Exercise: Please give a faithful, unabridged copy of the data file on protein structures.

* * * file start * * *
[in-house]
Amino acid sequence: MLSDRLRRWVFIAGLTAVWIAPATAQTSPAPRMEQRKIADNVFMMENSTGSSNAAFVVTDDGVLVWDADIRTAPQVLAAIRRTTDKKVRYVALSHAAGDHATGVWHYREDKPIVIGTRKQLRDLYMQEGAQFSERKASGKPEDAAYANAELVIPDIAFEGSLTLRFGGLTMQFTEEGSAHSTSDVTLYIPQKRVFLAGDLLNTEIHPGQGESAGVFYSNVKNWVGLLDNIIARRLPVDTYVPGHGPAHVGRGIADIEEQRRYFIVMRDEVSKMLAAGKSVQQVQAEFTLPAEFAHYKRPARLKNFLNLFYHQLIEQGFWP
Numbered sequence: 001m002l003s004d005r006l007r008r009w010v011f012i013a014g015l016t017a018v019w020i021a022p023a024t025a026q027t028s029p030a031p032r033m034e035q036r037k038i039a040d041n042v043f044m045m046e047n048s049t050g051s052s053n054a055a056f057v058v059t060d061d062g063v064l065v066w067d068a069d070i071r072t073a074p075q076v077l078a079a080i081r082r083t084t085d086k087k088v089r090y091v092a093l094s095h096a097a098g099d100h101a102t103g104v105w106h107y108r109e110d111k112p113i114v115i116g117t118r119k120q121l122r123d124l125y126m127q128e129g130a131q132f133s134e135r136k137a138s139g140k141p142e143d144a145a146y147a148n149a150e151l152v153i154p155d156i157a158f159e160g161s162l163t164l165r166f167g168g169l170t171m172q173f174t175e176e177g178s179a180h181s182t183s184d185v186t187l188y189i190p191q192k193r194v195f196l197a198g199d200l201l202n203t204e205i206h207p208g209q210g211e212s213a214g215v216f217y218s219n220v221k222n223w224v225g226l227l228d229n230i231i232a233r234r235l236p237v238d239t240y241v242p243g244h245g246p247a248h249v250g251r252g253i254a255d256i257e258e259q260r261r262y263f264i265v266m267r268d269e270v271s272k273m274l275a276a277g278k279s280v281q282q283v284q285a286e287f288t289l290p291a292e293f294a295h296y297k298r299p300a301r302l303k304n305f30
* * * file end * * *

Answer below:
[in-house]
Amino acid sequence: MLSDRLRRWVFIAGLTAVWIAPATAQTSPAPRMEQRKIADNVFMMENSTGSSNAAFVVTDDGVLVWDADIRTAPQVLAAIRRTTDKKVRYVALSHAAGDHATGVWHYREDKPIVIGTRKQLRDLYMQEGAQFSERKASGKPEDAAYANAELVIPDIAFEGSLTLRFGGLTMQFTEEGSAHSTSDVTLYIPQKRVFLAGDLLNTEIHPGQGESAGVFYSNVKNWVGLLDNIIARRLPVDTYVPGHGPAHVGRGIADIEEQRRYFIVMRDEVSKMLAAGKSVQQVQAEFTLPAEFAHYKRPARLKNFLNLFYHQLIEQGFWP
Numbered sequence: 001m002l003s004d005r006l007r008r009w010v011f012i013a014g015l016t017a018v019w020i021a022p023a024t025a026q027t028s029p030a031p032r033m034e035q036r037k038i039a040d041n042v043f044m045m046e047n048s049t050g051s052s053n054a055a056f057v058v059t060d061d062g063v064l065v066w067d068a069d070i071r072t073a074p075q076v077l078a079a080i081r082r083t084t085d086k087k088v089r090y091v092a093l094s095h096a097a098g099d100h101a102t103g104v105w106h107y108r109e110d111k112p113i114v115i116g117t118r119k120q121l122r123d124l125y126m127q128e129g130a131q132f133s134e135r136k137a138s139g140k141p142e143d144a145a146y147a148n149a150e151l152v153i154p155d156i157a158f159e160g161s162l163t164l165r166f167g168g169l170t171m172q173f174t175e176e177g178s179a180h181s182t183s184d185v186t187l188y189i190p191q192k193r194v195f196l197a198g199d200l201l202n203t204e205i206h207p208g209q210g211e212s213a214g215v216f217y218s219n220v221k222n223w224v225g226l227l228d229n230i231i232a233r234r235l236p237v238d239t240y241v242p243g244h245g246p247a248h249v250g251r252g253i254a255d256i257e258e259q260r261r262y263f264i265v266m267r268d269e270v271s272k273m274l275a276a277g278k279s280v281q282q283v284q285a286e287f288t289l290p291a292e293f294a295h296y297k298r299p300a301r302l303k304n305f30